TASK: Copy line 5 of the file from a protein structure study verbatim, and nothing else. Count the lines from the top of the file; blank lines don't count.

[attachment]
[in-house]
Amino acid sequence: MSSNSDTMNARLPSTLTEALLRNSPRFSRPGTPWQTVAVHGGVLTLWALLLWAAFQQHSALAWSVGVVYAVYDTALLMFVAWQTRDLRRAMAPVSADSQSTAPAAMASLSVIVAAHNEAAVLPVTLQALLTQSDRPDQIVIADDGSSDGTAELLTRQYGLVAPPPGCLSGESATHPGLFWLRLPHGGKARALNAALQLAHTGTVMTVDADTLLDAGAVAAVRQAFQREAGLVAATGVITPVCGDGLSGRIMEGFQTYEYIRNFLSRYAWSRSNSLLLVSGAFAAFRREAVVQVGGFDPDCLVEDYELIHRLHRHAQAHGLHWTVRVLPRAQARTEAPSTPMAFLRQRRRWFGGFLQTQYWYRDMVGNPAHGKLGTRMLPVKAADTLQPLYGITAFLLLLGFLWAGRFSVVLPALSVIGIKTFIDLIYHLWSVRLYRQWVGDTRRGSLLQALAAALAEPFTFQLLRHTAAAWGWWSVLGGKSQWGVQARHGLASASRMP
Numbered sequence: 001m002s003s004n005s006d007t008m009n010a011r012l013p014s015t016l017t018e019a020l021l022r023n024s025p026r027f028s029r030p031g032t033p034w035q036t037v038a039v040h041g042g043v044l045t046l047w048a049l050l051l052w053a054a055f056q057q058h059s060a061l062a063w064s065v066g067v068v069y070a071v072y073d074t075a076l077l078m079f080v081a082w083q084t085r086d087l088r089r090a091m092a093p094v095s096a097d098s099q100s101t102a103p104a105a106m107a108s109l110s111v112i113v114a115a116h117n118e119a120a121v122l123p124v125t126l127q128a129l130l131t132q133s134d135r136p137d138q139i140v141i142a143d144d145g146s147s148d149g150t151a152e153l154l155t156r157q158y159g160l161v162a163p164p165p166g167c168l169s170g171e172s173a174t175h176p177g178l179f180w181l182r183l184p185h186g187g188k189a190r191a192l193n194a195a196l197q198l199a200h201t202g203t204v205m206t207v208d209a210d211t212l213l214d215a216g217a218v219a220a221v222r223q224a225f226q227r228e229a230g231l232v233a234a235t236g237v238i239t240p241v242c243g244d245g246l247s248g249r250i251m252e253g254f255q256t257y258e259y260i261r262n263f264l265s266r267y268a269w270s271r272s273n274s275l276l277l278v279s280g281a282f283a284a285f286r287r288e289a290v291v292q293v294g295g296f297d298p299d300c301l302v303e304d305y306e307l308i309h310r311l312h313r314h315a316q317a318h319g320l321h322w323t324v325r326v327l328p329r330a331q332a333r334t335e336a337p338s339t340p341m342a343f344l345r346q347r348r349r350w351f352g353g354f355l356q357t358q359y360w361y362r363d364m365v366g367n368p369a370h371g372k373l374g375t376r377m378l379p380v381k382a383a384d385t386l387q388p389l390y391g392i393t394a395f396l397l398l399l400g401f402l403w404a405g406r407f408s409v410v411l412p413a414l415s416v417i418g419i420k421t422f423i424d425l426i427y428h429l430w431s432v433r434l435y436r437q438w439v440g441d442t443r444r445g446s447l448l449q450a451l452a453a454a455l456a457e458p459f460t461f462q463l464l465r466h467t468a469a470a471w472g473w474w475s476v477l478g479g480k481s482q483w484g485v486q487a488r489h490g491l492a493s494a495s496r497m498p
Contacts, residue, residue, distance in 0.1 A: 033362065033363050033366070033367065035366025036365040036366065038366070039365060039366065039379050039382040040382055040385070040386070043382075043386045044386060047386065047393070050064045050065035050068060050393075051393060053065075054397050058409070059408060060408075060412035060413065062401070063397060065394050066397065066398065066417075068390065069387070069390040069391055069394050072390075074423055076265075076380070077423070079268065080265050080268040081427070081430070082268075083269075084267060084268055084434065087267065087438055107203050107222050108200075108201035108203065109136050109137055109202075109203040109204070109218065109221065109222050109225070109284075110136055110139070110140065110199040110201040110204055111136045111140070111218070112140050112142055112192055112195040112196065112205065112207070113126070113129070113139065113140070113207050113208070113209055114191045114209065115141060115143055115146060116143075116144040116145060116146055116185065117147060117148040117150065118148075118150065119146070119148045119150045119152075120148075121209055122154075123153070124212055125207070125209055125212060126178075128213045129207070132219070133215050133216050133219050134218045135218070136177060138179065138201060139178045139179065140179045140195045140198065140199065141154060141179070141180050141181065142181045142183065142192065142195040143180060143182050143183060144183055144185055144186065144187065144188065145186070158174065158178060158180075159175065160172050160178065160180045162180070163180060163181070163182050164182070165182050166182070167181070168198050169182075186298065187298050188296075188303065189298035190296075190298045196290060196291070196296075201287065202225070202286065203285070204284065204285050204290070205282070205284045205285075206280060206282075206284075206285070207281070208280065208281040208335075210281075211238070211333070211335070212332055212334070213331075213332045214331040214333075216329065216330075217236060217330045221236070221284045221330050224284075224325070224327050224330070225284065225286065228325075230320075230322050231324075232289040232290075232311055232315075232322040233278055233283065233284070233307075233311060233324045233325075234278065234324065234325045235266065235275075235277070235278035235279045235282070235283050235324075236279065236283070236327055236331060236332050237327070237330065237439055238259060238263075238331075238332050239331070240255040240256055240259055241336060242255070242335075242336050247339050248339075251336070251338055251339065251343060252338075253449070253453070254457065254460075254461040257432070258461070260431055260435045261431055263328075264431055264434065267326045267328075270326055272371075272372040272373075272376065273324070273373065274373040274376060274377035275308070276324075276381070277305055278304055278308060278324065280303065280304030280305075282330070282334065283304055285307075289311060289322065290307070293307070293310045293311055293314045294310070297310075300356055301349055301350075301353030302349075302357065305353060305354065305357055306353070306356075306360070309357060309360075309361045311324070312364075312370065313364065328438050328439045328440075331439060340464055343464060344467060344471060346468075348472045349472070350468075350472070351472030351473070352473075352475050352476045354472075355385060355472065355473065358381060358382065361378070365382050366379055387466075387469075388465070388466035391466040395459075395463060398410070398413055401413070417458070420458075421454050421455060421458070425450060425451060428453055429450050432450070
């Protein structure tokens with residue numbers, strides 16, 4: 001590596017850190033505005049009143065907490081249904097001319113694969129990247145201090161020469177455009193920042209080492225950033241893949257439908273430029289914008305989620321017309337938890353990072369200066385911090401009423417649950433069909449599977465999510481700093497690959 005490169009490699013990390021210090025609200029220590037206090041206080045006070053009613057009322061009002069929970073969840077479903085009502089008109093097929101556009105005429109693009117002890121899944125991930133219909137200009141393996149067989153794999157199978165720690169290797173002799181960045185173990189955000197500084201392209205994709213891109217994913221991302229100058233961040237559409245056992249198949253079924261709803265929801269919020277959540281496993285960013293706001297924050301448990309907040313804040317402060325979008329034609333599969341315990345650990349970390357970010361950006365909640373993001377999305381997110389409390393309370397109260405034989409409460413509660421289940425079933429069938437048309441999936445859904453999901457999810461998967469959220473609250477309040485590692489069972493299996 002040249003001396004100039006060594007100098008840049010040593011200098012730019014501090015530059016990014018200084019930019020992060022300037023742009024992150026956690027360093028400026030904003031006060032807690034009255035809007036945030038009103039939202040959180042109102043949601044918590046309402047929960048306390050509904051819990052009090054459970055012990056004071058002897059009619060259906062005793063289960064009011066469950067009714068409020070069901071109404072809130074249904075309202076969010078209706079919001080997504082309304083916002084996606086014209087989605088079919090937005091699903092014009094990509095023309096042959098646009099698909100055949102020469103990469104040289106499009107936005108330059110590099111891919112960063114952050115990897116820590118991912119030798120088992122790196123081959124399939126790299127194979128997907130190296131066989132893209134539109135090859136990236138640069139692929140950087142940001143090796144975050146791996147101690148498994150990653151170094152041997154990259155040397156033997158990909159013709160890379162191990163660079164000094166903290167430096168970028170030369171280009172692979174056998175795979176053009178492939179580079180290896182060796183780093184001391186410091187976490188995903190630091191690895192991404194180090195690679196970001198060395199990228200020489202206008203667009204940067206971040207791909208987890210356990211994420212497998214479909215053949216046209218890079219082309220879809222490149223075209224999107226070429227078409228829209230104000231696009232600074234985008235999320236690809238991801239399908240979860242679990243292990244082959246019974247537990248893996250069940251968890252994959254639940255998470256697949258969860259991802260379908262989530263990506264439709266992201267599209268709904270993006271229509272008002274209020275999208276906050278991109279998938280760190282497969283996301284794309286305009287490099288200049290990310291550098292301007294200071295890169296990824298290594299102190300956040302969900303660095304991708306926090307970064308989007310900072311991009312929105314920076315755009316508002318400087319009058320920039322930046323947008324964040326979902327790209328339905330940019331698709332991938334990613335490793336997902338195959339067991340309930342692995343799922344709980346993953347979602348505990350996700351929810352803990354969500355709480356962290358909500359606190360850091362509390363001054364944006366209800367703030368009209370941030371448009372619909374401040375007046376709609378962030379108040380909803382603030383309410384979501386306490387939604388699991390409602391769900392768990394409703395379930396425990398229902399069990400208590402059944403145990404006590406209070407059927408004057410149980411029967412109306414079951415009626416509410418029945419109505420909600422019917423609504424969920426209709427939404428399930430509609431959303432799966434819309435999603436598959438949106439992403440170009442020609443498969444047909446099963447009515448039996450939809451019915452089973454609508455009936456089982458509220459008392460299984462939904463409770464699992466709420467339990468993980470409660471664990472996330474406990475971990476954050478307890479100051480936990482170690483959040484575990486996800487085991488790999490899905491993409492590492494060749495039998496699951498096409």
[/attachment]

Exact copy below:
């Protein structure tokens with residue numbers, strides 16, 4: 001590596017850190033505005049009143065907490081249904097001319113694969129990247145201090161020469177455009193920042209080492225950033241893949257439908273430029289914008305989620321017309337938890353990072369200066385911090401009423417649950433069909449599977465999510481700093497690959 005490169009490699013990390021210090025609200029220590037206090041206080045006070053009613057009322061009002069929970073969840077479903085009502089008109093097929101556009105005429109693009117002890121899944125991930133219909137200009141393996149067989153794999157199978165720690169290797173002799181960045185173990189955000197500084201392209205994709213891109217994913221991302229100058233961040237559409245056992249198949253079924261709803265929801269919020277959540281496993285960013293706001297924050301448990309907040313804040317402060325979008329034609333599969341315990345650990349970390357970010361950006365909640373993001377999305381997110389409390393309370397109260405034989409409460413509660421289940425079933429069938437048309441999936445859904453999901457999810461998967469959220473609250477309040485590692489069972493299996 002040249003001396004100039006060594007100098008840049010040593011200098012730019014501090015530059016990014018200084019930019020992060022300037023742009024992150026956690027360093028400026030904003031006060032807690034009255035809007036945030038009103039939202040959180042109102043949601044918590046309402047929960048306390050509904051819990052009090054459970055012990056004071058002897059009619060259906062005793063289960064009011066469950067009714068409020070069901071109404072809130074249904075309202076969010078209706079919001080997504082309304083916002084996606086014209087989605088079919090937005091699903092014009094990509095023309096042959098646009099698909100055949102020469103990469104040289106499009107936005108330059110590099111891919112960063114952050115990897116820590118991912119030798120088992122790196123081959124399939126790299127194979128997907130190296131066989132893209134539109135090859136990236138640069139692929140950087142940001143090796144975050146791996147101690148498994150990653151170094152041997154990259155040397156033997158990909159013709160890379162191990163660079164000094166903290167430096168970028170030369171280009172692979174056998175795979176053009178492939179580079180290896182060796183780093184001391186410091187976490188995903190630091191690895192991404194180090195690679196970001198060395199990228200020489202206008203667009204940067206971040207791909208987890210356990211994420212497998214479909215053949216046209218890079219082309220879809222490149223075209224999107226070429227078409228829209230104000231696009232600074234985008235999320236690809238991801239399908240979860242679990243292990244082959246019974247537990248893996250069940251968890252994959254639940255998470256697949258969860259991802260379908262989530263990506264439709266992201267599209268709904270993006271229509272008002274209020275999208276906050278991109279998938280760190282497969283996301284794309286305009287490099288200049290990310291550098292301007294200071295890169296990824298290594299102190300956040302969900303660095304991708306926090307970064308989007310900072311991009312929105314920076315755009316508002318400087319009058320920039322930046323947008324964040326979902327790209328339905330940019331698709332991938334990613335490793336997902338195959339067991340309930342692995343799922344709980346993953347979602348505990350996700351929810352803990354969500355709480356962290358909500359606190360850091362509390363001054364944006366209800367703030368009209370941030371448009372619909374401040375007046376709609378962030379108040380909803382603030383309410384979501386306490387939604388699991390409602391769900392768990394409703395379930396425990398229902399069990400208590402059944403145990404006590406209070407059927408004057410149980411029967412109306414079951415009626416509410418029945419109505420909600422019917423609504424969920426209709427939404428399930430509609431959303432799966434819309435999603436598959438949106439992403440170009442020609443498969444047909446099963447009515448039996450939809451019915452089973454609508455009936456089982458509220459008392460299984462939904463409770464699992466709420467339990468993980470409660471664990472996330474406990475971990476954050478307890479100051480936990482170690483959040484575990486996800487085991488790999490899905491993409492590492494060749495039998496699951498096409």